Now that Labor Day has passed, hopefully everyone has had sufficient reprieve from the gruel and grind of working. But do you understand why we have this deserved holiday devoted to the laboring people of this country? Few may actually know the history behind the holiday, and why it was essential that it came to be.
Meaning Behind The Holiday
Labor day is a holiday, which celebrates the hard work and achievements of the workforce that is made up by Americans. Other countries have different names for their “labor day” but they all have the same meaning in mind.
Originally, Labor Day was born from the labor union movement, which started in the late 1890s and early 1900s. More importantly however, it started with the eight-hour day movement, which fought for eight hours for work, eight hours for recreation, and eight hours for resting. A healthy balance which, rather, people were normally working long and arduous hours in those times. A normal working day could consist and range from 10 – 16 hours a day, for 6 days in a row.
Eight-Hour Day Movement
This at the time was also known as the 40-hour week movement or the short time movement. It all started in Great Britain during their Industrial revolution. In the early 1800s, large industrial factories made workers labor for long hours, and under terribly unsafe conditions. This was especially horrific because child labor was both frequently used and common among most factories.
Though Robert Owen raised awareness and started the movement in 1817, it wasn’t for many decades that they were actually and finally accepted. The movement took off sooner in some countries over others. In 1847, the women and children of England were allowed the 10-hour workday. The French workers were allowed the 12-hour workday after the revolution of 1848.
For Americans, it wasn’t until around the 1880s that workers were granted the 8-hour workday after strikes were organized and production halted for certain companies. Though, it wasn’t until 1937 when the Fair Labor Standards Act was passed under the New Deal. The act covered industries whose total employment represented about 20% of the U.S labor force. In those industries, there was a maximum of 40 hours that needed to be worked in a workweek, with any extra work being paid overtime and bonus salaries.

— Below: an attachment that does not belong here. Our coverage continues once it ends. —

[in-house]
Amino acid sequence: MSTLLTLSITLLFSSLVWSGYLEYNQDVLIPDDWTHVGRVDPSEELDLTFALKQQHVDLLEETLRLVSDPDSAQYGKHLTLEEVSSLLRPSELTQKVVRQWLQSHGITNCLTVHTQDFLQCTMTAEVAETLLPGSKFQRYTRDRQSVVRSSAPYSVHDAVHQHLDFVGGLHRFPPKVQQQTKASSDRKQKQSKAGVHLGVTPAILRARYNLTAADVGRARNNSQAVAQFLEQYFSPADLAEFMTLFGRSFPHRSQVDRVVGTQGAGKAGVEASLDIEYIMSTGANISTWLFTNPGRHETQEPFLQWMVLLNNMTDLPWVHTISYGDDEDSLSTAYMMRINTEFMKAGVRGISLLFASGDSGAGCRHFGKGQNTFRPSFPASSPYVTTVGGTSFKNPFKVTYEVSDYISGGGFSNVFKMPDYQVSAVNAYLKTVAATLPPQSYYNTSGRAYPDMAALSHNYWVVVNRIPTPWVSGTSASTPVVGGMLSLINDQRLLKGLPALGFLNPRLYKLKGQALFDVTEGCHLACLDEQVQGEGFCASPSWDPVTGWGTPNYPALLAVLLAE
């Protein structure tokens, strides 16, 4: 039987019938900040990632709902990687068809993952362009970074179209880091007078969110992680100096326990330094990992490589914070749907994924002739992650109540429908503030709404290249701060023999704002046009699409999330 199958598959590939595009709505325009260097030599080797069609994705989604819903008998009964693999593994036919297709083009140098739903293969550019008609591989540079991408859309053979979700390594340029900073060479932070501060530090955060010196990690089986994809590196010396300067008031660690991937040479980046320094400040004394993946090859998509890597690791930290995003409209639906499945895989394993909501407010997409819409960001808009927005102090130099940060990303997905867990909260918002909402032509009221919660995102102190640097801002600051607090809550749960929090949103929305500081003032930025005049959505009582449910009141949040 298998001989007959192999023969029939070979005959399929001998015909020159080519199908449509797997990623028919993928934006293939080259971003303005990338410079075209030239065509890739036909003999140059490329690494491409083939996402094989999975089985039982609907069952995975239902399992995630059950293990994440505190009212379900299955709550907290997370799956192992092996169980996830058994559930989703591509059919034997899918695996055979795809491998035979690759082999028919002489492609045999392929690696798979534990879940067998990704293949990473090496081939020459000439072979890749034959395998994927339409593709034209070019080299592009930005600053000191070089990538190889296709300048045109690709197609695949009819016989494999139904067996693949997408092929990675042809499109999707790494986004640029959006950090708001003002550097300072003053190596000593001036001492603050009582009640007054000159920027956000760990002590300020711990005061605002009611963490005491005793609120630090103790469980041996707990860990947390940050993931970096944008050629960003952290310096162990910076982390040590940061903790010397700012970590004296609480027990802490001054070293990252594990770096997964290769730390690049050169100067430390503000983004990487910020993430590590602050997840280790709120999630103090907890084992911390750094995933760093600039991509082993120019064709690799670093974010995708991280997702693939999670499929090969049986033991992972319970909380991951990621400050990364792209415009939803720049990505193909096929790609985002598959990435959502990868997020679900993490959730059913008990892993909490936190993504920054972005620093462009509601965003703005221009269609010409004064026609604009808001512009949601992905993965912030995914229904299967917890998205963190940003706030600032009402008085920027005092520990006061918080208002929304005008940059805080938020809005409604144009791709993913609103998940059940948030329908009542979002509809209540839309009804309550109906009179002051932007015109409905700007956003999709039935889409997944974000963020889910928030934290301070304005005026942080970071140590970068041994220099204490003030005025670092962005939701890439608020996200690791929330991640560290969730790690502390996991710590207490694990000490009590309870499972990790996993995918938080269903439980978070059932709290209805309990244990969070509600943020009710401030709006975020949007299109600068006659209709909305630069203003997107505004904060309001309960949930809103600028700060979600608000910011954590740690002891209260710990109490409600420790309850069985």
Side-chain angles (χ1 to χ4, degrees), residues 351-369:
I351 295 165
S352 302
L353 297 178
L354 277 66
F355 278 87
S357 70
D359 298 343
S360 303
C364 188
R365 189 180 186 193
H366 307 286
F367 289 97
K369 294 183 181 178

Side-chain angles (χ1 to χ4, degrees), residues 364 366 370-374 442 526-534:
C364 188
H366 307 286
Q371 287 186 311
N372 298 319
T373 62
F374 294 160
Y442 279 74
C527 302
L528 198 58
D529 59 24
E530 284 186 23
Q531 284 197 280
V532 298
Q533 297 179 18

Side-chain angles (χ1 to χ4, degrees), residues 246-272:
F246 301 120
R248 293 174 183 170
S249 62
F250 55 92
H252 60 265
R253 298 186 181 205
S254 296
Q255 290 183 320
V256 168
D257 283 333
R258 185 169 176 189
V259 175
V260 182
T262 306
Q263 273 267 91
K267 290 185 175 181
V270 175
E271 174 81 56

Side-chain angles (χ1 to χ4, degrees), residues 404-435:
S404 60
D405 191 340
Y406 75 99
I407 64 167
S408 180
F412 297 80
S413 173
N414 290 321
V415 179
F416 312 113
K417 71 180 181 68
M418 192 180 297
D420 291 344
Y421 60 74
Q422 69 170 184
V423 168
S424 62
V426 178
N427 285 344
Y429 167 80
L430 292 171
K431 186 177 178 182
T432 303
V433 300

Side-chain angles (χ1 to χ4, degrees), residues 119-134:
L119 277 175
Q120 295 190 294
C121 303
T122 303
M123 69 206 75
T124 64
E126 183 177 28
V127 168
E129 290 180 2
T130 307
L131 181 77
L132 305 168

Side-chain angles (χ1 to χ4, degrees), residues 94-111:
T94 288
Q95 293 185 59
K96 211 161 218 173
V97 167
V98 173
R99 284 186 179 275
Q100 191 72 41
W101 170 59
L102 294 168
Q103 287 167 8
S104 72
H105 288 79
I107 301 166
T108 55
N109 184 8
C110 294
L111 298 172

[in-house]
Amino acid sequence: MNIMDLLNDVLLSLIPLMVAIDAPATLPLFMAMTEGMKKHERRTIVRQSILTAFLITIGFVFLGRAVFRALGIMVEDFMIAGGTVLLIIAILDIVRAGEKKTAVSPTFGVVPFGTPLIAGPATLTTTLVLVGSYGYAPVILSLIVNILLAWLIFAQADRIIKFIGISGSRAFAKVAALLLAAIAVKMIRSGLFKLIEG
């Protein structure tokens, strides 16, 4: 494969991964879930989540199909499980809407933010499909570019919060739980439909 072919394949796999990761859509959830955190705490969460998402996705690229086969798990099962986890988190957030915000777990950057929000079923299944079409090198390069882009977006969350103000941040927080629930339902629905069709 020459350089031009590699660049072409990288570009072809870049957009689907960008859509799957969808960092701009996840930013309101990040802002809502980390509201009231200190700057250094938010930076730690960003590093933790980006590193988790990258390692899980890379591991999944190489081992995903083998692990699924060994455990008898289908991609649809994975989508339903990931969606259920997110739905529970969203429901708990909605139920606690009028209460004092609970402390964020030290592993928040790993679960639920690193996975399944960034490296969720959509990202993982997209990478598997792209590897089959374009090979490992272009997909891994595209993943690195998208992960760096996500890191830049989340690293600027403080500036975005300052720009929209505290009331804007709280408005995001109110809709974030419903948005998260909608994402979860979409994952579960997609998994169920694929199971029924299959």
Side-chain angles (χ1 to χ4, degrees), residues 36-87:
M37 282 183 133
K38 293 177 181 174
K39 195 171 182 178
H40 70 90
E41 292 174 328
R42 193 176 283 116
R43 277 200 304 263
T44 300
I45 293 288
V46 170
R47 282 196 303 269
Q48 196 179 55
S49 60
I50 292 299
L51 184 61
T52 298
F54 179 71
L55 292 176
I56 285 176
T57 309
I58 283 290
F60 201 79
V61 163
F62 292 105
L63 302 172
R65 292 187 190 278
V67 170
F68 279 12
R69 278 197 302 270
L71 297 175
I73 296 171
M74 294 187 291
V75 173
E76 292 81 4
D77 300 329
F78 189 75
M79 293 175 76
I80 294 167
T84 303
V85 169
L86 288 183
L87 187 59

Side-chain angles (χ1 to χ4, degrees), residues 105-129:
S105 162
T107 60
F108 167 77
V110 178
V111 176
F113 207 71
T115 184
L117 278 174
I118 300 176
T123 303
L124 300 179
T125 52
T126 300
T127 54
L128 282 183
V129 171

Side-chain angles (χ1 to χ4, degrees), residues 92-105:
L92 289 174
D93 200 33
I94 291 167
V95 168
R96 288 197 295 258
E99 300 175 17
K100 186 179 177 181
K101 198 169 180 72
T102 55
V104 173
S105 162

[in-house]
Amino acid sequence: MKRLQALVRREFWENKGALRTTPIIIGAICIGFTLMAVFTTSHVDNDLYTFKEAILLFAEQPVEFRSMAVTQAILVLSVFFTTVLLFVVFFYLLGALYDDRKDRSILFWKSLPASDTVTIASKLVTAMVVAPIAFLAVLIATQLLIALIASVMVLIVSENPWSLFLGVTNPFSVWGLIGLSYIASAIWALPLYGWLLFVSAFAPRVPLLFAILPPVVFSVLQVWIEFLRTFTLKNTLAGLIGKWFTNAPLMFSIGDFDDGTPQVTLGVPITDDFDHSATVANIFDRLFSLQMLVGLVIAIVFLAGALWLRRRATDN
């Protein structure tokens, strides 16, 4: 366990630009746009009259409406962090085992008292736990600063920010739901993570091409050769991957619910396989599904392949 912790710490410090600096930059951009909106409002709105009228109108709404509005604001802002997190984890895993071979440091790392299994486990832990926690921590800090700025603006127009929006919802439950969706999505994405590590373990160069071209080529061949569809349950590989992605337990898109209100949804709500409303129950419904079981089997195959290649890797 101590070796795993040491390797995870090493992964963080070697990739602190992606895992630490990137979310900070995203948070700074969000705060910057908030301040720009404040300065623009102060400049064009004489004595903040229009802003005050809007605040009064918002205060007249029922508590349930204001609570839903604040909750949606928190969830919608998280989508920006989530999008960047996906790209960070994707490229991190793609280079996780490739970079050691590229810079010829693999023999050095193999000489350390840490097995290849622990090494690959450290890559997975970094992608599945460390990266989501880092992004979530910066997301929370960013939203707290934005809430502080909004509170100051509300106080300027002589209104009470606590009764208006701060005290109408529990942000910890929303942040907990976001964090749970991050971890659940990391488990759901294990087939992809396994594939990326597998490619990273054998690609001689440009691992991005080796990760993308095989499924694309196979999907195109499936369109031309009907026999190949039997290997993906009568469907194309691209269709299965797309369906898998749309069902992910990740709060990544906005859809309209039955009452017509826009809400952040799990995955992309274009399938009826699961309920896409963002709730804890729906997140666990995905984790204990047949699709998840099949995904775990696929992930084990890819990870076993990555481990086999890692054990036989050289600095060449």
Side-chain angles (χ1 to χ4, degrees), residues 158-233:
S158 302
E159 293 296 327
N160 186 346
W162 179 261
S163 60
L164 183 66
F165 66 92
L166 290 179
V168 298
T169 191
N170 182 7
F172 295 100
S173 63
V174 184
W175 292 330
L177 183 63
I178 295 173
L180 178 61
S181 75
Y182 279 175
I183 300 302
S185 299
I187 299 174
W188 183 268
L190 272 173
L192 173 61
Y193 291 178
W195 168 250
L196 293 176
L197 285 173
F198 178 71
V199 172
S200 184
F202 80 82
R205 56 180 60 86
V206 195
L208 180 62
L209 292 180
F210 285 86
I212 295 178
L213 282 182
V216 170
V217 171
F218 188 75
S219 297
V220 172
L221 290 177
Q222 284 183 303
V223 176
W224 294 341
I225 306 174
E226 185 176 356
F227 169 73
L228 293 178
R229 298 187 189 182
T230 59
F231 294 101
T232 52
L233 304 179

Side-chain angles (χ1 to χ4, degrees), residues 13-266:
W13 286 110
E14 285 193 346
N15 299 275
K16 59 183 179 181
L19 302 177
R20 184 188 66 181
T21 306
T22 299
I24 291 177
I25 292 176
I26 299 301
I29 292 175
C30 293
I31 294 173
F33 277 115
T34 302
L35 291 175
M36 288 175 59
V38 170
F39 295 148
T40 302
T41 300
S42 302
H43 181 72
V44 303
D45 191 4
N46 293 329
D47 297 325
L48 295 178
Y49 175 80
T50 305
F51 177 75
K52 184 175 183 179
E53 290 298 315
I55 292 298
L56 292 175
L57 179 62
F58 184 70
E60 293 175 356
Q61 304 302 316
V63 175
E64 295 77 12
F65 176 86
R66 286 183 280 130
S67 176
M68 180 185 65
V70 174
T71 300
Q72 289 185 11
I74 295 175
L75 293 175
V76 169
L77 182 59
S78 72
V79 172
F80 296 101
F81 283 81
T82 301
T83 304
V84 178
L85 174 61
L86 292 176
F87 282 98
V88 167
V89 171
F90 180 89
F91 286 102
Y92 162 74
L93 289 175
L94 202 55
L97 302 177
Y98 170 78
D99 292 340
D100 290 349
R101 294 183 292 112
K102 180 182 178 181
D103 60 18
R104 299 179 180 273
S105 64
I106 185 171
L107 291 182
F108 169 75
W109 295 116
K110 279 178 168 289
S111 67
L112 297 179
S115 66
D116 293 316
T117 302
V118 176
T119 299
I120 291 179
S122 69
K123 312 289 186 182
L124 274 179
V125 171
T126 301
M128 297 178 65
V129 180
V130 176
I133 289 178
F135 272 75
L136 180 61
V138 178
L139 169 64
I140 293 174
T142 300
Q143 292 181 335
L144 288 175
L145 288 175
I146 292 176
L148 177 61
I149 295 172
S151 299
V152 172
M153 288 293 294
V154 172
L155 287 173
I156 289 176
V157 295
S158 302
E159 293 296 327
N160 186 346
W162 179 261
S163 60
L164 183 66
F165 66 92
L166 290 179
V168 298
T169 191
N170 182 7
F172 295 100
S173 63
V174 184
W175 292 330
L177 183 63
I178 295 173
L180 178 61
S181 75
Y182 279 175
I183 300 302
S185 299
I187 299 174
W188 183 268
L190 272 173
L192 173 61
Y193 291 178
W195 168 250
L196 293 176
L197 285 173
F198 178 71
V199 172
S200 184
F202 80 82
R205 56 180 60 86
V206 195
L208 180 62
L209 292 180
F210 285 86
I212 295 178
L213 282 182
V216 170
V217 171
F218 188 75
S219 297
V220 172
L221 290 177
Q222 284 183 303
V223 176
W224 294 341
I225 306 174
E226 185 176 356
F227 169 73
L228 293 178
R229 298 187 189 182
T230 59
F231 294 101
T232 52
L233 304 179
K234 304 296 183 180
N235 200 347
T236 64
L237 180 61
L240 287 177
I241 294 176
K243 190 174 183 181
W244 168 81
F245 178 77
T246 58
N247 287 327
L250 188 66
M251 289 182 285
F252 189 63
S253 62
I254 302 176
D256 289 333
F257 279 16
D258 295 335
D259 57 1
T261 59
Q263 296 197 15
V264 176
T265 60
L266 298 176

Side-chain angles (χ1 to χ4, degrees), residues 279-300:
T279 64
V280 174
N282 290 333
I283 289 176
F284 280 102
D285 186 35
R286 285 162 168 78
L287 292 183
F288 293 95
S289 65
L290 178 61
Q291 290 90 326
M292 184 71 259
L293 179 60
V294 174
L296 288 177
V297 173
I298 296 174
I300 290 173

Let’s Put It In Perspective
Hopefully this past Labor Day was well spent with friend and loved ones. Offering a moment to catch your breath before returning to work. Though, hopefully no one considered this day to be a celebration of our hard work. The day is supposed to celebrate how easy we have it now compared to our ancestors. The hardships they had to endure, which most of us couldn’t even comprehend these days. The sacrifices they made, and all that they strove for and achieved for the sake of posterity.
The next time you wake up in the morning and moan and groan about going to work, whether in the office, restaurant, or delivery truck. Just remember exactly how easy we have it. 14-hour workdays, 6 days a week, with little pay and terribly unsafe working conditions used to be the norm. Now, we have paid holidays, company outings, HR departments, and even unemployment if we get laid off.
Our predecessors would scoff at us for complaining about having a long day. They literally risked life and limb to make a living. They slaved away in sweatshops as children, and fought against black lung working in the mines. When you hear of what they had to endure, for some reason we still can’t believe they had to walk to school, both ways up hill, with two left foot shoes on. Who knows, perhaps that was their way of reminiscing, reminiscing about how good it was before they actually had to work. And who could blame them… seeing every successive generation growing up weaker and more complacent. The common saying “they just don’t make them like they used to” makes quite a but of sense here.
So I hope you all had a wonderful Holiday, and gathered your well-deserved rest. Because it is deserved, it’s been owed to workers for a long time, so we had better enjoy it the best we can to show our respects for those before us.
The author of this article is Damien S. Wilhelmi, an SEO tactician and SEM strategist. If you enjoyed this piece, you can follow me on twitter @FacePalmLaw. If you have suffered an accident on the job, and are seeking a workers compensation attorney, be sure to find both an experience and trusted attorney.